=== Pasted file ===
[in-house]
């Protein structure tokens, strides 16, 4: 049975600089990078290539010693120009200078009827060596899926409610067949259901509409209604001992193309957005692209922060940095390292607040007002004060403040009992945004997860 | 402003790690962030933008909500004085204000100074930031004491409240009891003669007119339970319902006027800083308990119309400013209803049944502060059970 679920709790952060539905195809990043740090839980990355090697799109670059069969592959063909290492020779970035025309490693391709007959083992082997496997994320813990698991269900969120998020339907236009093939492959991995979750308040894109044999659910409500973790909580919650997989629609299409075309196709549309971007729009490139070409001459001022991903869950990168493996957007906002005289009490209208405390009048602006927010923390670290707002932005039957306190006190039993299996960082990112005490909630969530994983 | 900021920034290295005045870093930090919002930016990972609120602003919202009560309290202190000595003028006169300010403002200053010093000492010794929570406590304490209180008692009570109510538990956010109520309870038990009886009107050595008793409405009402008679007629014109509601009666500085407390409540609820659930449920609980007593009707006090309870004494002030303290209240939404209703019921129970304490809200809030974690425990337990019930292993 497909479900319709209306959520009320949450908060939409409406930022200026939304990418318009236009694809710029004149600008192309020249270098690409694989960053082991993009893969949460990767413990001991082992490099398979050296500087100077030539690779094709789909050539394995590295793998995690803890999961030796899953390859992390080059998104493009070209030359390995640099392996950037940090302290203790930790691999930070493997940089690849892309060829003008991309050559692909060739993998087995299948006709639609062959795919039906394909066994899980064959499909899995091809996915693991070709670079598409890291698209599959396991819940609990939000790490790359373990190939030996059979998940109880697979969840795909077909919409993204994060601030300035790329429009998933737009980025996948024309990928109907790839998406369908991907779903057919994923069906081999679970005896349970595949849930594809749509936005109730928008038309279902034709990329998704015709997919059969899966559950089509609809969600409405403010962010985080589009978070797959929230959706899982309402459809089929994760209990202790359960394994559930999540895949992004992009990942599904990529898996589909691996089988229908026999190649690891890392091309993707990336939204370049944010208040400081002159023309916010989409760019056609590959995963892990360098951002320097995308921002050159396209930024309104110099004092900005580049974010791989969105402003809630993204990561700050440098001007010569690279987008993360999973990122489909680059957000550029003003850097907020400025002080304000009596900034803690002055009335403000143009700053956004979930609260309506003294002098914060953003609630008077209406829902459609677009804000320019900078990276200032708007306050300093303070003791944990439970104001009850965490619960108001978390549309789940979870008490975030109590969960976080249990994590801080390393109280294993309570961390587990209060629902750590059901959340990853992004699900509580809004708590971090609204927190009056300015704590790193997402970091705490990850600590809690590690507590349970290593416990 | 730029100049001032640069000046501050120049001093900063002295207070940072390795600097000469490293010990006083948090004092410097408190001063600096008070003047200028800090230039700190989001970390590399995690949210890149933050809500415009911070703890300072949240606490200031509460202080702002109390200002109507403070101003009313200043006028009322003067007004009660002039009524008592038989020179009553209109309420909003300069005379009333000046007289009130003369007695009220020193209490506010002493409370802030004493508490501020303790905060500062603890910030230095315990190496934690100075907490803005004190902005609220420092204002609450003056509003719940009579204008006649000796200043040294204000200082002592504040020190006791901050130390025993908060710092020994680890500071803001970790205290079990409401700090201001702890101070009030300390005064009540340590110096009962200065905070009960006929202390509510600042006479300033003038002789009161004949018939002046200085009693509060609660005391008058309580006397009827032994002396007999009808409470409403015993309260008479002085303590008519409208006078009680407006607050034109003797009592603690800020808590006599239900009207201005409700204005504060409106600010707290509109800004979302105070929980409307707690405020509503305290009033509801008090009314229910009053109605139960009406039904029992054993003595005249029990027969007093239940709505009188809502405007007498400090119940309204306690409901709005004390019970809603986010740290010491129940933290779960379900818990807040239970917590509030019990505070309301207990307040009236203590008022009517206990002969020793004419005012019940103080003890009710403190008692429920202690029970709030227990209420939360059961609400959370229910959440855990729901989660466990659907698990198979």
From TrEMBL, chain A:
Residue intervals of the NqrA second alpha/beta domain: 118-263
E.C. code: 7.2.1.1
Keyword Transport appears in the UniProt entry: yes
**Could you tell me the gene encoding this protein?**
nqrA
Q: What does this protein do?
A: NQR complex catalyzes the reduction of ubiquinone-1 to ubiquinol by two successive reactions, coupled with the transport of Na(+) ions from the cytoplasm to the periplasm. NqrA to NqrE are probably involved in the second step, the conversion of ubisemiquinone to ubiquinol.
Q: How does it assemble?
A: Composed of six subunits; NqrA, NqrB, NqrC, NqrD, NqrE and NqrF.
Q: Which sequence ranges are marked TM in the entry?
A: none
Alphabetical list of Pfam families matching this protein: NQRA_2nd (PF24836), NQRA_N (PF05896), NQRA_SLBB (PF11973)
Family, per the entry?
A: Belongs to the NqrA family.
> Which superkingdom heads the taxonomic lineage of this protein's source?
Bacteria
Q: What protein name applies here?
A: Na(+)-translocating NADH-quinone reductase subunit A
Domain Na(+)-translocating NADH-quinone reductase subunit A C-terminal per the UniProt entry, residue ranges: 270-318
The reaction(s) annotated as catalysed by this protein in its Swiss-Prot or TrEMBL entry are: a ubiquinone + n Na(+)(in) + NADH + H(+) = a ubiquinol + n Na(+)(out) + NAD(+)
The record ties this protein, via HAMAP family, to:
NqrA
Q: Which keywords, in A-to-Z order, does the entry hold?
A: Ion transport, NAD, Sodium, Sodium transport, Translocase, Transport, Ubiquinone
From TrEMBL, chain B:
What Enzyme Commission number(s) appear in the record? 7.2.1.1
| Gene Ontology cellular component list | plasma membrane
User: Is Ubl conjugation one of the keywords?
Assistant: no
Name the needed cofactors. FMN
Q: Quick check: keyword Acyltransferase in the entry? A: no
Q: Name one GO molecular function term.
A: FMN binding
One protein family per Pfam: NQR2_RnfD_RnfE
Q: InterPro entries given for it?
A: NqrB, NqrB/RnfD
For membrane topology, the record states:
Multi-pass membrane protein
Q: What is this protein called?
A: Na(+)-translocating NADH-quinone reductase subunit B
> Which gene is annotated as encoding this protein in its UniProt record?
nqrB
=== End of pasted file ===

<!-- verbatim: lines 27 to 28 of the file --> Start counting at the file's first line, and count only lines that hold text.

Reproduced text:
A: Ion transport, NAD, Sodium, Sodium transport, Translocase, Transport, Ubiquinone
From TrEMBL, chain B: